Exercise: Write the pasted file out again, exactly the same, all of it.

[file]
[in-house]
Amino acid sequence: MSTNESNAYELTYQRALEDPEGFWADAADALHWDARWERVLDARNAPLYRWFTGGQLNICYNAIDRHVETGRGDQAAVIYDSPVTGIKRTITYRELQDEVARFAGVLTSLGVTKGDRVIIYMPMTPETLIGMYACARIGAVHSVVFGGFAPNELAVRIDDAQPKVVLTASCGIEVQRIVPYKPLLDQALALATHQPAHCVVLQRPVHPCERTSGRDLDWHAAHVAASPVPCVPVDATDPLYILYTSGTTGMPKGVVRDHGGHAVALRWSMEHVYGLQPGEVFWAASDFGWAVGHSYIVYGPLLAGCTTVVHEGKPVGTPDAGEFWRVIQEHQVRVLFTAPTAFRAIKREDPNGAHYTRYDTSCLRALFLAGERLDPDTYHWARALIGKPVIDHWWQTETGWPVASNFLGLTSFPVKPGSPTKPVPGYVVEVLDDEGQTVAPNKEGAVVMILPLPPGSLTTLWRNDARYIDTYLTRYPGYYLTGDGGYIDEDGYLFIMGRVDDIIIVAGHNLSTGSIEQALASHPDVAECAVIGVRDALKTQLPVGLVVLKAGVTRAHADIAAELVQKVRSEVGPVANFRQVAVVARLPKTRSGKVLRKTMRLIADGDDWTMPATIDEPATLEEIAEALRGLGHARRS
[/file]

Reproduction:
[in-house]
Amino acid sequence: MSTNESNAYELTYQRALEDPEGFWADAADALHWDARWERVLDARNAPLYRWFTGGQLNICYNAIDRHVETGRGDQAAVIYDSPVTGIKRTITYRELQDEVARFAGVLTSLGVTKGDRVIIYMPMTPETLIGMYACARIGAVHSVVFGGFAPNELAVRIDDAQPKVVLTASCGIEVQRIVPYKPLLDQALALATHQPAHCVVLQRPVHPCERTSGRDLDWHAAHVAASPVPCVPVDATDPLYILYTSGTTGMPKGVVRDHGGHAVALRWSMEHVYGLQPGEVFWAASDFGWAVGHSYIVYGPLLAGCTTVVHEGKPVGTPDAGEFWRVIQEHQVRVLFTAPTAFRAIKREDPNGAHYTRYDTSCLRALFLAGERLDPDTYHWARALIGKPVIDHWWQTETGWPVASNFLGLTSFPVKPGSPTKPVPGYVVEVLDDEGQTVAPNKEGAVVMILPLPPGSLTTLWRNDARYIDTYLTRYPGYYLTGDGGYIDEDGYLFIMGRVDDIIIVAGHNLSTGSIEQALASHPDVAECAVIGVRDALKTQLPVGLVVLKAGVTRAHADIAAELVQKVRSEVGPVANFRQVAVVARLPKTRSGKVLRKTMRLIADGDDWTMPATIDEPATLEEIAEALRGLGHARRS